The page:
classroom

Classroom Rules: Rad or Bad

Everyone who has gone to school has had that one teacher who had dozens of rules, many of which seemed to be pointless and lack sense. Every teacher has their own rules that they are passionate about and are must have. My personal must have rules are:

  1. Speak loud when answering my question or asking me something.
    1.  My ears are terrible, and we’ve all had many classmates who seem to whisper… I plan to help these students
  2. Keep noise to an appropriate level.
    1. Remember when I said my ears are terrible? I also have a disability. Lots of noise at the same time that I disorients me if I need to listen to it all at once. I also cannot key in on a single source when there’s background noise.
  3. Have respect for yourself, your classmates, and me.
    1. It’s good to define what you think of when you say respect. Your version and their version will be drastically different. Yours might include only one person speaking at the same time, while theirs might be not snoring when they fall asleep in class.

During pre-internship, I made the mistake of not coming out with my expectations and procedures. I should have had these rules posted somewhere to refer too. I noticed that my top two rules have relaxed much after my preinternship. Some students are too shy, have difficulty with the language, and setting a ‘talk loud so I can hear you’ precedent causes troubles.

I was very strict on my third rule. Students should have respect for themselves (this was mostly… enforced? in private with students who had some depression), respect for their classmates (aka don’t disrupt their work or be offensive) and respect me (don’t push the limits).

My minor rules that relate to late assignments and skipping school were also relaxed. The school environment has changed far too much for me to discipline students extensively because they did not hand in an assignment or were not in class. Observing my co-op, it was common for only half (if lucky) assignments to be handed in on due dates. We once did an in-class essay and only 70% of students handed in the essay… we saw them write it!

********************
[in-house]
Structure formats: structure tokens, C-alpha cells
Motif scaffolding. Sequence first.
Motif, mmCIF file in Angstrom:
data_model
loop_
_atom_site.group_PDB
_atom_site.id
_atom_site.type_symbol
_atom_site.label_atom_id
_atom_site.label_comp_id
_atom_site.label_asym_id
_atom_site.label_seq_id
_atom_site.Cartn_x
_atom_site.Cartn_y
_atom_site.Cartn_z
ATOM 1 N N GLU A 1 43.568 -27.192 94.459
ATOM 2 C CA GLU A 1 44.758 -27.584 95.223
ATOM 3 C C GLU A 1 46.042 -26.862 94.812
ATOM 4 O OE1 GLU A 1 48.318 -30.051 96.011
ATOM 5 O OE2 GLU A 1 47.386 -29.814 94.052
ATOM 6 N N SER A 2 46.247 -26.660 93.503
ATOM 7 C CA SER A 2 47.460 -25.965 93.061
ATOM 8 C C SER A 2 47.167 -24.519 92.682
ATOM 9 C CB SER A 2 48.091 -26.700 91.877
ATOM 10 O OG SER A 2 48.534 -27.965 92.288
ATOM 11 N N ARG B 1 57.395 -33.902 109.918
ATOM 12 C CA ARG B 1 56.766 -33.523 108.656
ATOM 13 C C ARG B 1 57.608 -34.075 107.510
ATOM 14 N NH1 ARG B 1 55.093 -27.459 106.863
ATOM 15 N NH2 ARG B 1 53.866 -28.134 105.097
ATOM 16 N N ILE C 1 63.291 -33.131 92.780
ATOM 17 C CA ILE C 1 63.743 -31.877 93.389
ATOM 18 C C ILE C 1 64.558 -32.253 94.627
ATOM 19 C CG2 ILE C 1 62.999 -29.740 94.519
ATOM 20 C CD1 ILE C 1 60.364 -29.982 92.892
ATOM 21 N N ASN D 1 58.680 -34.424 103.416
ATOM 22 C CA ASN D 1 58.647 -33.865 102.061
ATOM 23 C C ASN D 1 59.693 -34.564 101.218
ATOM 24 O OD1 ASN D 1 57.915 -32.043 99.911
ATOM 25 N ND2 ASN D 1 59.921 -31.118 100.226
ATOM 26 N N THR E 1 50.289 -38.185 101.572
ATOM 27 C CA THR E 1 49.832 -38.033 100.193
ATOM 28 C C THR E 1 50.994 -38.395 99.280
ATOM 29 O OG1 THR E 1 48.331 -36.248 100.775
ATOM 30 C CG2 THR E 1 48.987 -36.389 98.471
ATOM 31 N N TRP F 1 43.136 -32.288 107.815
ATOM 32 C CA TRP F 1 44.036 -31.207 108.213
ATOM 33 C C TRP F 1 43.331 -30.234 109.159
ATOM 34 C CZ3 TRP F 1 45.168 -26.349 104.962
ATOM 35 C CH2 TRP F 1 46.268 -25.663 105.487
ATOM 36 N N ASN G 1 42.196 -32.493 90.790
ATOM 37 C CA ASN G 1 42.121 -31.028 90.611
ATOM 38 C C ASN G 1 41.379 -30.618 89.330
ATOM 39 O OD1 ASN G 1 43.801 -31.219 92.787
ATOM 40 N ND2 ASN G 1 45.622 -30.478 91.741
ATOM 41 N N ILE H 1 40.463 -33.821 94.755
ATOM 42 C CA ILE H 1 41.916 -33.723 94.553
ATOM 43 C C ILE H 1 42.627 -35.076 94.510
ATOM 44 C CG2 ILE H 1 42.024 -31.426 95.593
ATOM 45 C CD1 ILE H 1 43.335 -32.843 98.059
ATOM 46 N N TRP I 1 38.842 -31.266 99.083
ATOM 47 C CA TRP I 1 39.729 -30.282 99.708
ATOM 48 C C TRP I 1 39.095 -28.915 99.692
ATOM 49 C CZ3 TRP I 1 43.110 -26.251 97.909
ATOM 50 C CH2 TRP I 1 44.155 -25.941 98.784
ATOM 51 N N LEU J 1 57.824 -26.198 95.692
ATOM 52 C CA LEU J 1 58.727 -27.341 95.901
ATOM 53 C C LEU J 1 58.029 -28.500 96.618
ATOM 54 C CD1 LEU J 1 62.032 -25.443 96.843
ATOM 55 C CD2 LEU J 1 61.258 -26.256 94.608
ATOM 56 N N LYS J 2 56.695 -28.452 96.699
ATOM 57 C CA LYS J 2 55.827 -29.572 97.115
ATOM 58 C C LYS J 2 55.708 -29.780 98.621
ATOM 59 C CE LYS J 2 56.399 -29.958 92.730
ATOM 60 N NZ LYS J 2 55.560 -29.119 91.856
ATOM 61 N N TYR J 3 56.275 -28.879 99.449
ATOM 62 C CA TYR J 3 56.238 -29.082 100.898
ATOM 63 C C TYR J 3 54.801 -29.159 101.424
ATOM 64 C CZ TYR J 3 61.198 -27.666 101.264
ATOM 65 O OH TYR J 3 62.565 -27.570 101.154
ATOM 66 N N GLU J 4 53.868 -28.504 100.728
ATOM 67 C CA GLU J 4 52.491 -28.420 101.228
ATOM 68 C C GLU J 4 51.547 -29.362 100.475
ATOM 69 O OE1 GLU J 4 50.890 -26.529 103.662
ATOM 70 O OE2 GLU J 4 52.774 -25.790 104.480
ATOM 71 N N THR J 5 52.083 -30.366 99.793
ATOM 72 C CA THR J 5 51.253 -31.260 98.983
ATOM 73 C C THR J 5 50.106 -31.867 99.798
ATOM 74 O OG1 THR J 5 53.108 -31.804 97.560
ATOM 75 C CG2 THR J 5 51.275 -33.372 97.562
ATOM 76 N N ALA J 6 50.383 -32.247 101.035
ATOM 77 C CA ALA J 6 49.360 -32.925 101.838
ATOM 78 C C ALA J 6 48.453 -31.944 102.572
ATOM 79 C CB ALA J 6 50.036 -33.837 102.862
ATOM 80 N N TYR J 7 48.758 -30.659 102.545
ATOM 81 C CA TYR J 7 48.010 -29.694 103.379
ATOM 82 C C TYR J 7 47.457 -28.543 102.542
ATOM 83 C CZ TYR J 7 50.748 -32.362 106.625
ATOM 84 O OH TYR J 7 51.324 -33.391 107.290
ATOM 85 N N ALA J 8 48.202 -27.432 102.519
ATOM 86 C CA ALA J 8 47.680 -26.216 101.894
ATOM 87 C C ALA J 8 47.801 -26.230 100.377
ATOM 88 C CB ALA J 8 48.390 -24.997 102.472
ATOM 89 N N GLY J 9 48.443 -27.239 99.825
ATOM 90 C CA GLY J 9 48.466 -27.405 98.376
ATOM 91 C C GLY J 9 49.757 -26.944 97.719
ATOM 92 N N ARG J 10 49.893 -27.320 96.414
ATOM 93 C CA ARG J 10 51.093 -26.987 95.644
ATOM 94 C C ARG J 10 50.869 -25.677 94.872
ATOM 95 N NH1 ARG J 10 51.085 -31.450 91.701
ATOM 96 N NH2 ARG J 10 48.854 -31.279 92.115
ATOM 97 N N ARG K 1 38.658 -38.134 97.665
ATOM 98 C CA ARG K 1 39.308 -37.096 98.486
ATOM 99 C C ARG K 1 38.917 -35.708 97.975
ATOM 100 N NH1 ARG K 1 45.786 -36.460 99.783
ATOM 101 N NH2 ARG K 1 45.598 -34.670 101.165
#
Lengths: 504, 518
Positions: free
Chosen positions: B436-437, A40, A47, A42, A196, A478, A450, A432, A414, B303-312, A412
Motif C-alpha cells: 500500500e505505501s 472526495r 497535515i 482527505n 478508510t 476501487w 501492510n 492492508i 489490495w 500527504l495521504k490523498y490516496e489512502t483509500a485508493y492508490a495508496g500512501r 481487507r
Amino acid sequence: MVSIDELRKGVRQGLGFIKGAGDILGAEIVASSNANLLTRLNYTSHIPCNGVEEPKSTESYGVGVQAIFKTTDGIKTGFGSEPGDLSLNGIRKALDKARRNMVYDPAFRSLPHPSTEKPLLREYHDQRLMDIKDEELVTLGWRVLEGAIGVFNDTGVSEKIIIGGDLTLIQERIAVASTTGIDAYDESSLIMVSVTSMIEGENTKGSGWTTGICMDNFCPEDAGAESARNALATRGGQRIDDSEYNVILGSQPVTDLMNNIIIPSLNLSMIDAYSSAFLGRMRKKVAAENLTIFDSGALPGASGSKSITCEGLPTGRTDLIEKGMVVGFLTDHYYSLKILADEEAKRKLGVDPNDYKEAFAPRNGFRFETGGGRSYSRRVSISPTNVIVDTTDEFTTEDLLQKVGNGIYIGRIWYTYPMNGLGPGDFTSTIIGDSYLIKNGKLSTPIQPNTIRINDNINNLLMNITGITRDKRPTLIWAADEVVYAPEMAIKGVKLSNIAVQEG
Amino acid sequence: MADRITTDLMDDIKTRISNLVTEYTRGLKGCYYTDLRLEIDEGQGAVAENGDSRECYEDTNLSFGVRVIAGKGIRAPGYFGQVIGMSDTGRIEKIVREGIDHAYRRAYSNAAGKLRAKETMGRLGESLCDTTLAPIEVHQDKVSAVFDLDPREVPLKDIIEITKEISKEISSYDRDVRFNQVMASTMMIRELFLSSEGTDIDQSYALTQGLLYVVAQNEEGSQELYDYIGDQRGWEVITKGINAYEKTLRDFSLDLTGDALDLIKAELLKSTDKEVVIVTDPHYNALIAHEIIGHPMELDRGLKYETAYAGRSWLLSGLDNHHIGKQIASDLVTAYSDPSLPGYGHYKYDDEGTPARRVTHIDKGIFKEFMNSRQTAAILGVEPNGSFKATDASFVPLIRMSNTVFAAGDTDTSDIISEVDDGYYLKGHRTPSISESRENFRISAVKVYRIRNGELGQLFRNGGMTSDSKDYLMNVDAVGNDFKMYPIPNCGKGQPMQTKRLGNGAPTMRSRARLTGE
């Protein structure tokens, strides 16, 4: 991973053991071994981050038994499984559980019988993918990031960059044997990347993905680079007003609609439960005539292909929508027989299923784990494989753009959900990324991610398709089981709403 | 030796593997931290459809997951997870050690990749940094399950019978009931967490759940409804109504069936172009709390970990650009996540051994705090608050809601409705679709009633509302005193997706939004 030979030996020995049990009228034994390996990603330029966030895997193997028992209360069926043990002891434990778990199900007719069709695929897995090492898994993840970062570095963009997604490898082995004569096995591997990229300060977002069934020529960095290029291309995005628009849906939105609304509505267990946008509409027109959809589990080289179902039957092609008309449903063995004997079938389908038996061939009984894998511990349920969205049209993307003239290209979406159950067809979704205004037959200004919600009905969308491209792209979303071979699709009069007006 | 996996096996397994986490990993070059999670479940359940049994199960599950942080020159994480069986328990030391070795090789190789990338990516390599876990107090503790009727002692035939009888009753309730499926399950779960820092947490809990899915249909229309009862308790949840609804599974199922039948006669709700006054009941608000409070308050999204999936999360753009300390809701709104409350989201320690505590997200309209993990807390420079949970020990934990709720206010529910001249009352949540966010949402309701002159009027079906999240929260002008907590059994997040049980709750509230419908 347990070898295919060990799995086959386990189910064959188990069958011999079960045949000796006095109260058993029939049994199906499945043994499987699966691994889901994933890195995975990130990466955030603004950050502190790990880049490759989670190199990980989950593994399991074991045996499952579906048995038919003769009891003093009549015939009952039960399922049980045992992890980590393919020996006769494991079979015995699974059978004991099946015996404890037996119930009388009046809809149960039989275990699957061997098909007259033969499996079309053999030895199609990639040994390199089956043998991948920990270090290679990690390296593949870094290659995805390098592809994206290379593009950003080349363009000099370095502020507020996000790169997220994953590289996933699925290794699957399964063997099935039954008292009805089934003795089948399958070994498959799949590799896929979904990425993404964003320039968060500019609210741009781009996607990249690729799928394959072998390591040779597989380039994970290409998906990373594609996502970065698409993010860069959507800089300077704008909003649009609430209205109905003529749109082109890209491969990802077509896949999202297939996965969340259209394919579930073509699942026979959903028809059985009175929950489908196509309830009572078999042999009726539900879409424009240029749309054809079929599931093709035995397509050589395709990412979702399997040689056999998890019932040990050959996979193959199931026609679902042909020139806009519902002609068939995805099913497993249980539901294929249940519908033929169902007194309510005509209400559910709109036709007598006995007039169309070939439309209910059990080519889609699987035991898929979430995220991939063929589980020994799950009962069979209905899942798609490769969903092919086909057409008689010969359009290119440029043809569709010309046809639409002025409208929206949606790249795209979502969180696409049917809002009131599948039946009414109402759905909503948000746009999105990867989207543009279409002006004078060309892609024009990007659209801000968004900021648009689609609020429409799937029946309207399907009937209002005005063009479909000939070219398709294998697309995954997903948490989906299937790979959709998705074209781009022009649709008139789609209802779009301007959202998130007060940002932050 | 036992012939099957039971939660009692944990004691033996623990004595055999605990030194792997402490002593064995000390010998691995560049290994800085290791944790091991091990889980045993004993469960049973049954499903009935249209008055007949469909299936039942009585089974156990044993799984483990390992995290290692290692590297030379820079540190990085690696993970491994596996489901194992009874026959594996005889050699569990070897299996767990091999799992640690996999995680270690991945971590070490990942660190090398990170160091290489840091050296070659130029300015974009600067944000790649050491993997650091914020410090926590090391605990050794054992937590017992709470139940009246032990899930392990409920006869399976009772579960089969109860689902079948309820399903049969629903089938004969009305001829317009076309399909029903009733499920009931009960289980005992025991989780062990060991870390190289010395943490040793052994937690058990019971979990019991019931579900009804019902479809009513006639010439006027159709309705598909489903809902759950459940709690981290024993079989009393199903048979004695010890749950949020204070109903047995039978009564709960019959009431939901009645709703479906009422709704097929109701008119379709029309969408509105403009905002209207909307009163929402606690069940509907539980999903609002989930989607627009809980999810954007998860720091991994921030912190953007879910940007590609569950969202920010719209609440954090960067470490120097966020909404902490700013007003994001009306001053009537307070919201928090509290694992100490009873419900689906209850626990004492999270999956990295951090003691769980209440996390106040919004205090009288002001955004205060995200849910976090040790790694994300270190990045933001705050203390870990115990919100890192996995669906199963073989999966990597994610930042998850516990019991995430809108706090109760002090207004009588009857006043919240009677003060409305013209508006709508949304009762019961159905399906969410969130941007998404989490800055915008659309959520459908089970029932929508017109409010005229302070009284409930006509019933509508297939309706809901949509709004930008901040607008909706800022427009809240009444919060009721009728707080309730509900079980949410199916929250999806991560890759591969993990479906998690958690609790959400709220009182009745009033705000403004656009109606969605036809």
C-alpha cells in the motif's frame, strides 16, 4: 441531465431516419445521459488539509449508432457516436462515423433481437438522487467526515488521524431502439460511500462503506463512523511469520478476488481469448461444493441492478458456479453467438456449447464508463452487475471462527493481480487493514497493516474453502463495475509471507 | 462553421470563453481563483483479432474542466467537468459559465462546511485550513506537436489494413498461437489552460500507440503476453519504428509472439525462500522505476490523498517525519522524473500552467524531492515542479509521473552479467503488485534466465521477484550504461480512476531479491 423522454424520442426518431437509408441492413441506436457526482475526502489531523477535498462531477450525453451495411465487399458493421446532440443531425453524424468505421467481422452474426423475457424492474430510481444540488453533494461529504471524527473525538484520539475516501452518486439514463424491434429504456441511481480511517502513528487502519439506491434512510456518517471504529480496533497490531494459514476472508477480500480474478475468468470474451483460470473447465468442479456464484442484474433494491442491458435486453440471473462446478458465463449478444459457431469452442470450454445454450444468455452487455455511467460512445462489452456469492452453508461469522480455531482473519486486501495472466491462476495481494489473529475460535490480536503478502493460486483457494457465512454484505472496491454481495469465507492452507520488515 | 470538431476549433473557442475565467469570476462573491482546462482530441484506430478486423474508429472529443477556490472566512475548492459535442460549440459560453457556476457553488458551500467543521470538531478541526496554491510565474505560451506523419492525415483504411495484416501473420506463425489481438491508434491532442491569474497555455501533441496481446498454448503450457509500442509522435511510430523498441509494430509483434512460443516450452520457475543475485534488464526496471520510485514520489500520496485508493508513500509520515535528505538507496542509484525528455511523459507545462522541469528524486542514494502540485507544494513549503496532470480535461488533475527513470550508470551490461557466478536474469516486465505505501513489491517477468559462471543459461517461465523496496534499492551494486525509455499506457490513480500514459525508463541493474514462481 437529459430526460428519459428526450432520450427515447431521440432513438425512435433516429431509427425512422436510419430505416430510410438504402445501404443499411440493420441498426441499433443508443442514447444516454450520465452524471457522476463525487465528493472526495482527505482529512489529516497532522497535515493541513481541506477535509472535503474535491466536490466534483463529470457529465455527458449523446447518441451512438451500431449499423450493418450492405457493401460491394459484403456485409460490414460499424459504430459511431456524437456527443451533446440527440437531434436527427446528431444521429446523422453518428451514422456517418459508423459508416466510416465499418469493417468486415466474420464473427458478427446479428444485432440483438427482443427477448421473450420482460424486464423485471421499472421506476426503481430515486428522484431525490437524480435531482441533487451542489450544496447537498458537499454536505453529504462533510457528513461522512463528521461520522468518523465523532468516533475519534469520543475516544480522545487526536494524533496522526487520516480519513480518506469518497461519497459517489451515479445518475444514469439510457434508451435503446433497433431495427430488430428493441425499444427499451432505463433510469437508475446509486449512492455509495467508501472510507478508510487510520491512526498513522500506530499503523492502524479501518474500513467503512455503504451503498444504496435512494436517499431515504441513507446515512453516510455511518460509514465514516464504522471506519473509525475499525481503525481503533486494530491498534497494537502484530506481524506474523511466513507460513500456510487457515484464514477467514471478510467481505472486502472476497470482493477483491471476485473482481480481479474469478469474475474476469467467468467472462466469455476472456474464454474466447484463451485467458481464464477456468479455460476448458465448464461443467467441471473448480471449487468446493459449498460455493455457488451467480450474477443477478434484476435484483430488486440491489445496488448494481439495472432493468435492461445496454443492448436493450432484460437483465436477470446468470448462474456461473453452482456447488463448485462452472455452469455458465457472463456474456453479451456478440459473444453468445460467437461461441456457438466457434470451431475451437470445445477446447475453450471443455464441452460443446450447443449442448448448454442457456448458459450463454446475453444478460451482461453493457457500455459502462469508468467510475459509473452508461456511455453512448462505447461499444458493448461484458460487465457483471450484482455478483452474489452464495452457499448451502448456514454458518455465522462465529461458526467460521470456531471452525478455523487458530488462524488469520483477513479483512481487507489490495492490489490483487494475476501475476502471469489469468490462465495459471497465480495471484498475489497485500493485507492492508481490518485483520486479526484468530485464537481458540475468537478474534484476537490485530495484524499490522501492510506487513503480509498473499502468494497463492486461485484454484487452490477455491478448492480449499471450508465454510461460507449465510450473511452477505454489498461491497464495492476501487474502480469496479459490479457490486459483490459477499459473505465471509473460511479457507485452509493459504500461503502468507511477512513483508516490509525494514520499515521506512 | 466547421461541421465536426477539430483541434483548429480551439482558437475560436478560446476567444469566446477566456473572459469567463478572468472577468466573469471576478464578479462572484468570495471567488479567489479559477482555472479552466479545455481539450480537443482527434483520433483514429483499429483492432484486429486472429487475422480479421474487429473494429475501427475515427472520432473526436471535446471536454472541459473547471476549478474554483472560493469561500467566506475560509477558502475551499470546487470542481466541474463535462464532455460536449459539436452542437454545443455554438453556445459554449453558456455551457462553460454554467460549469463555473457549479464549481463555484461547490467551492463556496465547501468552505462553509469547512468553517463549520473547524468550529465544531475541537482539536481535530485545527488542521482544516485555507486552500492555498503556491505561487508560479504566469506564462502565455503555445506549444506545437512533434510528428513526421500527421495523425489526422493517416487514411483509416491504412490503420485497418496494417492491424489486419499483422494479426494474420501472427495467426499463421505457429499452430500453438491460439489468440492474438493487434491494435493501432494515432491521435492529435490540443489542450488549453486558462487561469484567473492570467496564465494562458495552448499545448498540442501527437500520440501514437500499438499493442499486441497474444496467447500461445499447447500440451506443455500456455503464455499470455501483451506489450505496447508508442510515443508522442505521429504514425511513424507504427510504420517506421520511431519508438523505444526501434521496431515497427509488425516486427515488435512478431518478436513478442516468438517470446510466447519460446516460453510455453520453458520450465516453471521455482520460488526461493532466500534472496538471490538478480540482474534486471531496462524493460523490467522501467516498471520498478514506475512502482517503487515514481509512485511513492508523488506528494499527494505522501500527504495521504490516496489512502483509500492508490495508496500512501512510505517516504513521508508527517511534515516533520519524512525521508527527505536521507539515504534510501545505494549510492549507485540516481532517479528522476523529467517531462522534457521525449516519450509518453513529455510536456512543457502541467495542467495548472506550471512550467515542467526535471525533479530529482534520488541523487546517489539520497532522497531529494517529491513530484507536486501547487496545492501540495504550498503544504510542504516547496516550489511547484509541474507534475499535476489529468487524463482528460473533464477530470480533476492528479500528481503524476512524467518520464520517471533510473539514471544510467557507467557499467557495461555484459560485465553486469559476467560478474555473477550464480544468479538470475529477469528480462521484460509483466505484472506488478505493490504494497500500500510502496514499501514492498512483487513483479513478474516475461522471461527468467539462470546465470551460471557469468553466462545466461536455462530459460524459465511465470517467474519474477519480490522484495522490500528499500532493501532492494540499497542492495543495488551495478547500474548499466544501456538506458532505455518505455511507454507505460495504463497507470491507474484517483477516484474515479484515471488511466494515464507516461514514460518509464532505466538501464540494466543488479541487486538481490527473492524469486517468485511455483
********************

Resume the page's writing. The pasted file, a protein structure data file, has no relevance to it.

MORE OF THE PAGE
It’s important to remember that teachers should only have few rules. The less, the better. Too many rules become difficult to remember and make the students try to break them because you will be imagined as a dictator in their eyes. Studies show that having only a few rules that are strictly enforced instead of many rules that are rarely (or even worse – strictly enforced) referenced will cause chaotic classroom environments. What are your must have classroom rules?

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The New Era of Binders

Tech Task #8

It’s clear that schools, students, and people are moving towards a more techy world. Everyone’s grandma owns either a tablet, a computer, or a smart phone. Schools are introducing one on one tablet / laptop programs with high success, but organization with computers from notes and URL’s can be tough (and kids have trouble organizing a paper binder!).

8623652742_5293fe9fd4In a tablet integrated school (or for a student in any grade / post-secondary) an easy way to organize notes by subject and content is using livebinders. Anyone reading this post will have used a binder organizer when they were in school, and this website allows the user to organize notes into any category they want. 

I’ve used computers for the last four years to note take, and I do have to say that organization is difficult (and don’t even get me started on all the things I favorite!). What I normally do is save by date or into one giant document with all my notes, and then use CTRL+F (find) to search for keywords. Not very effective.

Photo Credit: Songralonian via Compfight cc    BocRMBI

For school work I would optimally use this to organize by topic (Math, ELA, science), and then by Unit (Unit 1: Addition, Unit 2: Subtraction…). I could then add a tab for each day or combine the notes all in one, or for similar content (adding single digit numbers, adding double digit numbers, adding vertically / sideways…). This would an optimal experience for organization, studying, sharing notes, and visually for the emerging tablet scene. I myself am sick of making dozens of folders to attempt to organize.

AVeOsiu

This is not just a great tool for students! For educators it allows prime and secure organization of turned in assignments, teaching prep notes, resources, marks, and student categories. The only downfall with livebinders is it lacks a ‘flipboard’ and book style transition. Instead of swiping downwards or sideways the user must click the category.

It’s a more user friendly way of organizing folder on your computer or google drive, and it’s more visually pleasing.